Tim Wu is a professor at Columbia Law School, probably best known for coining the term “network neutrality.” In The Curse of Bigness, Wu turns his attention toward the growth, concentration, and accumulating power of a handful of global corporations. He makes an argument that this growth is not an unalloyed good, that market forces by themselves are insufficient to counter the negative consequences of amassing power, and that current government policy is aggravating these consequences rather than ameliorating them.
Wu’s approach is to revisit an earlier era of rapid growth and power accumulation in the U.S.—the Gilded Age at the beginning of the 20th century. That era and its excesses provoked a compensating government response in the form of the Sherman Anti-Trust Act and the policy decisions on how to interpret and enforce it. Wu is no fan of the Chicago School’s legal or economic reasoning. Here’s one example that captures Wu’s point of view and demonstrates his skill with language to boot;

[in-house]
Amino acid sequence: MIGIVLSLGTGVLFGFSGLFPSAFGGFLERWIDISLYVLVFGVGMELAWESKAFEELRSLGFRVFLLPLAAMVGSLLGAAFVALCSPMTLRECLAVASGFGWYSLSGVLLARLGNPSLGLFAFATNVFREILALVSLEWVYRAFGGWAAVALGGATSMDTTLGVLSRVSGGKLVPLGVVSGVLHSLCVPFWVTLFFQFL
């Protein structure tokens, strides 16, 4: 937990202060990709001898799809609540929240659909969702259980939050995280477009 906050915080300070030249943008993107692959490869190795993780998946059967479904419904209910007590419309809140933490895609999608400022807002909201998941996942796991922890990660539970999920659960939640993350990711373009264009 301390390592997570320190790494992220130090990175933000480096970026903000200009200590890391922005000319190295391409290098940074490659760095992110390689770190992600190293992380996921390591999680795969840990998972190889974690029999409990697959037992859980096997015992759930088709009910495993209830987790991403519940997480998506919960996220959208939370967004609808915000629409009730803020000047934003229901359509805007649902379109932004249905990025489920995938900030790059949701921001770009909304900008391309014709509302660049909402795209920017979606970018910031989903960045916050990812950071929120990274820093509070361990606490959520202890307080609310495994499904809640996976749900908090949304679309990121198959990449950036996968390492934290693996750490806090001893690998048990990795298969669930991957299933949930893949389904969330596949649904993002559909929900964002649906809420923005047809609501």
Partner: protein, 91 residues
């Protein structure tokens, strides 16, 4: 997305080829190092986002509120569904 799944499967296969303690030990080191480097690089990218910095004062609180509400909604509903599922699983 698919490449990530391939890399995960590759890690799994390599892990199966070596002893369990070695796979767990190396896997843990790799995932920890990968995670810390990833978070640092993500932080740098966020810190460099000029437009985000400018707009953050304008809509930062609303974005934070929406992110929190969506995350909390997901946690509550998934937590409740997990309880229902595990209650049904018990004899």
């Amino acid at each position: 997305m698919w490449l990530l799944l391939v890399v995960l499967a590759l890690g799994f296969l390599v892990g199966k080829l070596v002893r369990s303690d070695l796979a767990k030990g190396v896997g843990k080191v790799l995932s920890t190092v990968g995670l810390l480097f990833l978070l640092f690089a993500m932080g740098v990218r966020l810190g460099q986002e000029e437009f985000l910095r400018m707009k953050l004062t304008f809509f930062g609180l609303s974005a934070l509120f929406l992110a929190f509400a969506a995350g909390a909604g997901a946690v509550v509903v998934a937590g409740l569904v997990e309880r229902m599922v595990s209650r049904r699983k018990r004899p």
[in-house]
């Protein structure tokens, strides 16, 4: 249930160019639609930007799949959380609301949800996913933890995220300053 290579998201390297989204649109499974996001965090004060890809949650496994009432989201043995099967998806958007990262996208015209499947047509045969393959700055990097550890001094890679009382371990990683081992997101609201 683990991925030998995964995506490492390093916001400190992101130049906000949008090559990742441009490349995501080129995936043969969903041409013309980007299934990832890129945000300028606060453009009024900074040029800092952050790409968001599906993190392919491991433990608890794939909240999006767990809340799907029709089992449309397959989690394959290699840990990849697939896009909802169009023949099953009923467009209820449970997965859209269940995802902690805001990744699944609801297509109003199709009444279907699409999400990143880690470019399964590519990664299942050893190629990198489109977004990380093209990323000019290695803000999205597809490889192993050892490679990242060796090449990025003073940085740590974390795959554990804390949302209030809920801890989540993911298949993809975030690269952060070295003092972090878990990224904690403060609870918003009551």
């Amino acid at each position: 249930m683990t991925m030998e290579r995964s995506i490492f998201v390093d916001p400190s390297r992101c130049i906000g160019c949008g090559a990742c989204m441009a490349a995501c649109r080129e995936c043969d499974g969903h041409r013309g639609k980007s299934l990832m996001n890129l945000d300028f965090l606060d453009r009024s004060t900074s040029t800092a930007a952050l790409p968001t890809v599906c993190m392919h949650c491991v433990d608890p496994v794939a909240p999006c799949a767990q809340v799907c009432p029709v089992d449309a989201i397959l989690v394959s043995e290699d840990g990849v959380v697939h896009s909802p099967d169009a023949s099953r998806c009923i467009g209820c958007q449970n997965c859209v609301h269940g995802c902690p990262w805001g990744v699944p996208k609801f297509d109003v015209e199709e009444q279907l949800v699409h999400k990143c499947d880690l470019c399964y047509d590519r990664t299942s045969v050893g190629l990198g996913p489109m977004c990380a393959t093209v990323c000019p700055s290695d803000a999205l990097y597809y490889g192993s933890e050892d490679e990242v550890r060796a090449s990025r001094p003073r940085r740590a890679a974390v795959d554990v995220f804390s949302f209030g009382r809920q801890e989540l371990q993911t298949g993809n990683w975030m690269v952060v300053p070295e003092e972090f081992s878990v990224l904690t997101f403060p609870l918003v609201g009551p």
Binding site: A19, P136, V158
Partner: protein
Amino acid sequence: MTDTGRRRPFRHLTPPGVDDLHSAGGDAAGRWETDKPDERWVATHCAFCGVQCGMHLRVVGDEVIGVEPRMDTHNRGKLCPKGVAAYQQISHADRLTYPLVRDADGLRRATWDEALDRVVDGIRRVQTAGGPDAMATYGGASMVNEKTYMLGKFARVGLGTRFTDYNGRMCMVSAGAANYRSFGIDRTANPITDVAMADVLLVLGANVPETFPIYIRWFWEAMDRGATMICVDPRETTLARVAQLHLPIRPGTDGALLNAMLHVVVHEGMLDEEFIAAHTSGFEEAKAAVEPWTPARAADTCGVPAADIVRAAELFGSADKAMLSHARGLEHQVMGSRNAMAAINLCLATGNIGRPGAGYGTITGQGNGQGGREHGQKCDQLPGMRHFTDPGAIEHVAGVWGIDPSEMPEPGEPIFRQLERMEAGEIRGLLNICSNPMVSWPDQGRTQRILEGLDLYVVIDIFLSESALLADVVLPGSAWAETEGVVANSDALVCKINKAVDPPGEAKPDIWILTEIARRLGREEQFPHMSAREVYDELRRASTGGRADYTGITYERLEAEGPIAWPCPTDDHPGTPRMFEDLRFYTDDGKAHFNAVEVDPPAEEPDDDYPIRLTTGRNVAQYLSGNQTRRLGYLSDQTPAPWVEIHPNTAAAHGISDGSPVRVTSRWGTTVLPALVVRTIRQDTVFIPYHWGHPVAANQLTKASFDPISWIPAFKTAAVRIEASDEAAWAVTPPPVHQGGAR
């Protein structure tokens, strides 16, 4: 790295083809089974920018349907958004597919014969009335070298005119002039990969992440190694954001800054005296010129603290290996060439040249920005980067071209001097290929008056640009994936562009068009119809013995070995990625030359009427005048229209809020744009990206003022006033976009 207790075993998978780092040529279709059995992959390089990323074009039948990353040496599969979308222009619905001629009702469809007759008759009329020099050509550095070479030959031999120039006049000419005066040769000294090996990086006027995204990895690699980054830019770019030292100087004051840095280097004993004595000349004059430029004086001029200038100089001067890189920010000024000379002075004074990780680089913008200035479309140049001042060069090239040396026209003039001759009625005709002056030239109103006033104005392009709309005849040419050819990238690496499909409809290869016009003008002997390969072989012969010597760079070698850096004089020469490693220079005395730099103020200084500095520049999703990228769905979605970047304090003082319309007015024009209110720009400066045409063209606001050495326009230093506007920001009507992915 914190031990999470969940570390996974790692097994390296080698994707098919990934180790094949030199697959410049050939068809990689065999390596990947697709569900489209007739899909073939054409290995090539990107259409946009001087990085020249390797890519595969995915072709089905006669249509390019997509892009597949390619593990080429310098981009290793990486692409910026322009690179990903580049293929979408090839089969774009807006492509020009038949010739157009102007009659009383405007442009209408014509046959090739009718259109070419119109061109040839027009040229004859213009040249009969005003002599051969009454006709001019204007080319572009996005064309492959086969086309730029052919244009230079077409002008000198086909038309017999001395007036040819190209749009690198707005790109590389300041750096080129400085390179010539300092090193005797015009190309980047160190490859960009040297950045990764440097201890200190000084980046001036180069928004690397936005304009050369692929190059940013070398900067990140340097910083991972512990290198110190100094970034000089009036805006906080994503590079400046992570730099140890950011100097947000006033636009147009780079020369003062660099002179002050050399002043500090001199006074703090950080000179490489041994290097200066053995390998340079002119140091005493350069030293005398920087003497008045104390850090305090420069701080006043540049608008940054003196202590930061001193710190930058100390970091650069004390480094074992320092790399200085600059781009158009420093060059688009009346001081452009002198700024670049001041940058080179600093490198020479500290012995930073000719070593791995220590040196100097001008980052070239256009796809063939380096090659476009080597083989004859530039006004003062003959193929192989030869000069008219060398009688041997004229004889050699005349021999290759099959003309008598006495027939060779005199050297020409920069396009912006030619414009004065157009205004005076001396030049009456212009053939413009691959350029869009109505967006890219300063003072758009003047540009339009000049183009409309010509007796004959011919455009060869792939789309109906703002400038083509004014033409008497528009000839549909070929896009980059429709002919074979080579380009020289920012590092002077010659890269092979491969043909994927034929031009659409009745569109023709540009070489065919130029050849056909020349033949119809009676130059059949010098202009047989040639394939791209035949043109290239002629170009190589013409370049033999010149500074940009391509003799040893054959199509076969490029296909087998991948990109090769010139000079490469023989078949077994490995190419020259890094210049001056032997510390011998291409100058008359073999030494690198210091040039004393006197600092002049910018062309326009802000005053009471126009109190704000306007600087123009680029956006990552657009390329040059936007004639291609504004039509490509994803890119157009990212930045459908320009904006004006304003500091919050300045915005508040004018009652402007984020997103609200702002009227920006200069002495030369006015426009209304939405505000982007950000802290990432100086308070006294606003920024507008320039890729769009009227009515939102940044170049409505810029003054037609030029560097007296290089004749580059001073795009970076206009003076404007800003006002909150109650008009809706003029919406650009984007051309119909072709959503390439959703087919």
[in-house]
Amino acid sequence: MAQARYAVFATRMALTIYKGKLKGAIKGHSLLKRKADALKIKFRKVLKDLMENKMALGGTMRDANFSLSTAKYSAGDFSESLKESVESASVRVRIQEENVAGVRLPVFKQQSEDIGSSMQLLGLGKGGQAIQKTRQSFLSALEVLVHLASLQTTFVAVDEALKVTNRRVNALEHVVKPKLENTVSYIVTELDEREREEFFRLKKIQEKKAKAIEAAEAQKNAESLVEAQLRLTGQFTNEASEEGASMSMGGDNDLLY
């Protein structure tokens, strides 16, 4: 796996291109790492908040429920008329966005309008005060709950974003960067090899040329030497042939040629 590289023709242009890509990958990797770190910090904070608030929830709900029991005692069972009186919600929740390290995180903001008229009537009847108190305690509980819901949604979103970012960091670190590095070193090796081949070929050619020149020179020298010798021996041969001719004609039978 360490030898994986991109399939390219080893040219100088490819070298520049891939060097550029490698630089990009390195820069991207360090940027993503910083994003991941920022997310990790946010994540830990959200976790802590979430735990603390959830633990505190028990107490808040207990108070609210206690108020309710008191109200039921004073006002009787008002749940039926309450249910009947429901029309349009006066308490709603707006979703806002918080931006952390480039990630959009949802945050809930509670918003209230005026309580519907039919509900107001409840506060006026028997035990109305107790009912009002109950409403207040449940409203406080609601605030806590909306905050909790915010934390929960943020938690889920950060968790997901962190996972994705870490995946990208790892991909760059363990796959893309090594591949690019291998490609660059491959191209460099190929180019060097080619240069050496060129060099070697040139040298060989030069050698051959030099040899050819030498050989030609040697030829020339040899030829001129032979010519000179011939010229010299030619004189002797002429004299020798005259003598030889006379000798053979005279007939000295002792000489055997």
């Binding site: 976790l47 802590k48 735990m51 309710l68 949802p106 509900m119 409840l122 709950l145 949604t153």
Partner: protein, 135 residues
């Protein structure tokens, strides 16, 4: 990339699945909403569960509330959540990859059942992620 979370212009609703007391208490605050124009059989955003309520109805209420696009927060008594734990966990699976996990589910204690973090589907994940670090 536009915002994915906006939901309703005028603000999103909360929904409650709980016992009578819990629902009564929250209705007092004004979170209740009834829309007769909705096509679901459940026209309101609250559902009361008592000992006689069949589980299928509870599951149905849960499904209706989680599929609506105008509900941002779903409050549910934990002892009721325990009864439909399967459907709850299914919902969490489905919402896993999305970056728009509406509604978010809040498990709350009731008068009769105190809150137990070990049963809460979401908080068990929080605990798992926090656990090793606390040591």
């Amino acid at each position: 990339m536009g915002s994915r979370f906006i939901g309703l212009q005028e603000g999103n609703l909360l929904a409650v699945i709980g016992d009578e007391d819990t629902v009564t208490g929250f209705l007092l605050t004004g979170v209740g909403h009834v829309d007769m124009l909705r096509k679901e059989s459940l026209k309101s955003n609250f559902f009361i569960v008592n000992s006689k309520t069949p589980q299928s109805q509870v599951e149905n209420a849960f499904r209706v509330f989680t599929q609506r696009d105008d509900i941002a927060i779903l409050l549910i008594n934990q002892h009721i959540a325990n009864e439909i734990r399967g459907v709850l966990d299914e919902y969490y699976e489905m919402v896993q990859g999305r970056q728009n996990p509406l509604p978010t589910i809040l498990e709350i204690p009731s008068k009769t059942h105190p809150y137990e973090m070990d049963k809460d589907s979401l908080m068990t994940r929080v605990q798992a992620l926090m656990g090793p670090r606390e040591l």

Jumping from theory to reality in a novel way, the Chicago School then asserted that that which did not exist in theory probably did not exist in practice. Robbing banks is economically irrational, given security guards and meager returns; ergo bank robbing does not happen; ergo there is no need for the criminal law. Exaggerated only slightly, this premise has been at the core of Bork-Chicago antitrust for more than thirty years
Income inequality and increasing concentration of wealth has been a topic of much debate. The Curse of Bigness offers a brief and compelling argument that these results are not an outcome of natural law but of decisions about how and whether to enforce actual laws. I wish that he had some more reassuring thoughts about whether our current political processes can bring about that change in perspective, but this is worth your time regardless.